* The moffs8, moffs16, and moffs32 operands specify a simple offset relative to the segment base, where 8, 16, and 32 refer to the size of the data. The address-size attribute of the instruction determines the size of the offset, either 16 or 32 bits.
** In 32-bit mode, the assembler may insert the 16-bit operand-size prefix with this instruction.
Copies the second operand (source operand) to the first operand (destination operand). The source operand can be an immediate value, general-purpose register, segment register, or memory location; the destination register can be a general-purpose register, segment register, or memory location. Both operands must be the same size, which can be a byte, a word, or a doubleword.
The MOV instruction cannot be used to load the CS register. Attempting to do so results in an invalid opcode exception (#UD). To load the CS register, use the far JMP, CALL, or RET instruction.
If the destination operand is a segment register (DS, ES, FS, GS, or SS), the source operand must be a valid segment selector. In protected mode, moving a segment selector into a segment register automatically causes the segment descriptor information associated with that segment selector to be loaded into the hidden (shadow) part of the segment register. While loading this information, the segment selector and segment descriptor information is validated (see the "Operation" algorithm below). The segment descriptor data is obtained from the GDT or LDT entry for the specified segment selector.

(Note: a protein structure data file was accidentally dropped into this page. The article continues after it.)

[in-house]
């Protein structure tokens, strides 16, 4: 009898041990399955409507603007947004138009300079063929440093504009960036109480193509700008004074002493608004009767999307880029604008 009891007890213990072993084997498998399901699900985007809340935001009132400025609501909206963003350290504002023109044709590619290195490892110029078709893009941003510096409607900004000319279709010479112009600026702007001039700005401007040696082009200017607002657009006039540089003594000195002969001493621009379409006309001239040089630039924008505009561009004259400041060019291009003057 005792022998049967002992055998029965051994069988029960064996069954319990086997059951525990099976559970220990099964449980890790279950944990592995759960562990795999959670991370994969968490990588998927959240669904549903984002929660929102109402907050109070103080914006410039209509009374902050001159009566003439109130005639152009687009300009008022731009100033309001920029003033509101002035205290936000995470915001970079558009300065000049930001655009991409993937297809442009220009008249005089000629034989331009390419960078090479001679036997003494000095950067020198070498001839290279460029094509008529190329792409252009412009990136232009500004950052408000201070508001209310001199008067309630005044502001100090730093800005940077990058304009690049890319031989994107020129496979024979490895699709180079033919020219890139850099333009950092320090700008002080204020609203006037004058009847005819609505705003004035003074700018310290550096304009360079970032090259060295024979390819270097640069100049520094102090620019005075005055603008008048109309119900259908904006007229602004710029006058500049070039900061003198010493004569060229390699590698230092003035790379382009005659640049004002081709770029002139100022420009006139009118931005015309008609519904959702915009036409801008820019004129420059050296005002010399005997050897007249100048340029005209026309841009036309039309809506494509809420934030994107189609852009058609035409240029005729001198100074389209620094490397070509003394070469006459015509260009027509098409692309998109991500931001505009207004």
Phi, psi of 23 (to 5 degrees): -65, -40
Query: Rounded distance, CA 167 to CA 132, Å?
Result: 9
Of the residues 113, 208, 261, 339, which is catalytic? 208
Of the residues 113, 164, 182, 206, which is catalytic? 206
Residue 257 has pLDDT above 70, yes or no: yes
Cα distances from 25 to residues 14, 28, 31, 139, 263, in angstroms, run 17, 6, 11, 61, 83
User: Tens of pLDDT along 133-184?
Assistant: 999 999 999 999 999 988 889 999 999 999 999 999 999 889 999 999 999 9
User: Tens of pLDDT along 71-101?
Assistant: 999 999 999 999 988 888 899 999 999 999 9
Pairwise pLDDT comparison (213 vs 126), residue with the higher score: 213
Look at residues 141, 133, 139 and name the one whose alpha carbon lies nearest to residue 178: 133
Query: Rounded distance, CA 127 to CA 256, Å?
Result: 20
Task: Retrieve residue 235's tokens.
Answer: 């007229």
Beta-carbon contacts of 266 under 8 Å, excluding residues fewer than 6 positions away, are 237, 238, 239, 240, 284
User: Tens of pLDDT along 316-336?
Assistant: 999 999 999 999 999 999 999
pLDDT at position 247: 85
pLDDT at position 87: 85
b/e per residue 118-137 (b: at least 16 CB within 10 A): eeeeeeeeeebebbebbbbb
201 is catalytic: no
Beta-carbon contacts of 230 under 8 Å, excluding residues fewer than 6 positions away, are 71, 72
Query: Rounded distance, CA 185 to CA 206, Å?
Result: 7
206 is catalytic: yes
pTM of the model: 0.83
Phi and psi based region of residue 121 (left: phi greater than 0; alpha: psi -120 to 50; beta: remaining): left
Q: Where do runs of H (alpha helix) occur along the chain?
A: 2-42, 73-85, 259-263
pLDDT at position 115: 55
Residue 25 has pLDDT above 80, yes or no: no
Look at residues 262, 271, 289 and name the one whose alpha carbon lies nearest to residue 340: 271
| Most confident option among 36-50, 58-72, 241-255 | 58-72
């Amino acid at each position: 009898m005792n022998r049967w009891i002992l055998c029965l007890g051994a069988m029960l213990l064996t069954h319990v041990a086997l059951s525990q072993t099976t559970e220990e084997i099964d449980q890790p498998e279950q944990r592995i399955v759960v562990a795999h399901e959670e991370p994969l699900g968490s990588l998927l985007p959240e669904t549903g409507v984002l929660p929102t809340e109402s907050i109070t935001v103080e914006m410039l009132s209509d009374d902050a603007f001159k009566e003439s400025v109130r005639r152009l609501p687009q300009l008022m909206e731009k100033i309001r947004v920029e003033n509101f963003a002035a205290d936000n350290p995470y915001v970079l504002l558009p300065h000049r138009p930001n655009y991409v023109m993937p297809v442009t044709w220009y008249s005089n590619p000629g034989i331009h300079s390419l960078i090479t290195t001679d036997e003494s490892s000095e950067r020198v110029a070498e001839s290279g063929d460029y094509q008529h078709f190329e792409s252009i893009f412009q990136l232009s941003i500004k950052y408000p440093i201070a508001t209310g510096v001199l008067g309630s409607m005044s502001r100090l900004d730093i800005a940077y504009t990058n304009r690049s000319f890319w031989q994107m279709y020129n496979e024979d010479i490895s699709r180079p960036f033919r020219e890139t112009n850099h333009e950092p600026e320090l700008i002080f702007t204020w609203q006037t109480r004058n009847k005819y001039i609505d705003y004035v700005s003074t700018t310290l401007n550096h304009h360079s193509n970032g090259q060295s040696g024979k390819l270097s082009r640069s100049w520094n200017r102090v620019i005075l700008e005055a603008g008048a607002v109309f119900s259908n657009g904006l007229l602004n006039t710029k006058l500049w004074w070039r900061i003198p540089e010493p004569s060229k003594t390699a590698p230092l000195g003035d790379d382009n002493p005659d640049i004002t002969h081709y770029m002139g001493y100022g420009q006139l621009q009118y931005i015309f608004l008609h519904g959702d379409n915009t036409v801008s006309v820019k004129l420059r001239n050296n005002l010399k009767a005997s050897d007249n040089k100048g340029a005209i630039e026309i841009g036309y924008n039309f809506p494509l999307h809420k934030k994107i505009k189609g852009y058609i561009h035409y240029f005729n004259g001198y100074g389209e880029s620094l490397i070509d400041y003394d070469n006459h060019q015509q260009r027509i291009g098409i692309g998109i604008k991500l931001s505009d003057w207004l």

A null segment selector (values 0000-0003) can be loaded into the DS, ES, FS, and GS registers without causing a protection exception. However, any subsequent attempt to reference a segment whose corresponding segment register is loaded with a null value causes a general protection exception (#GP) and no memory reference occurs.
Loading the SS register with a MOV instruction inhibits all interrupts until after the execution of the next instruction. This operation allows a stack pointer to be loaded into the ESP register with the next instruction (MOV ESP, stack-pointer value) before an interrupt occurs1. Be aware that the LSS instruction offers a more efficient method of loading the SS and ESP registers.
When operating in 32-bit mode and moving data between a segment register and a generalpurpose register, the 32-bit IA-32 processors do not require the use of the 16-bit operand-size prefix (a byte with the value 66H) with this instruction, but most assemblers will insert it if the standard form of the instruction is used (for example, MOV DS, AX). The processor will execute this instruction correctly, but it will usually require an extra clock. With most assemblers, using the instruction form MOV DS, EAX will avoid this unneeded 66H prefix. When the processor executes the instruction with a 32-bit general-purpose register, it assumes that the 16 least-significant bits of the general-purpose register are the destination or source operand. If the register is a destination operand, the resulting value in the two high-order bytes of the register is implementation dependent. For the Pentium 4, Intel Xeon, and P6 family processors, the two high-order bytes are filled with zeros; for earlier 32-bit IA-32 processors, the two high order bytes are undefined.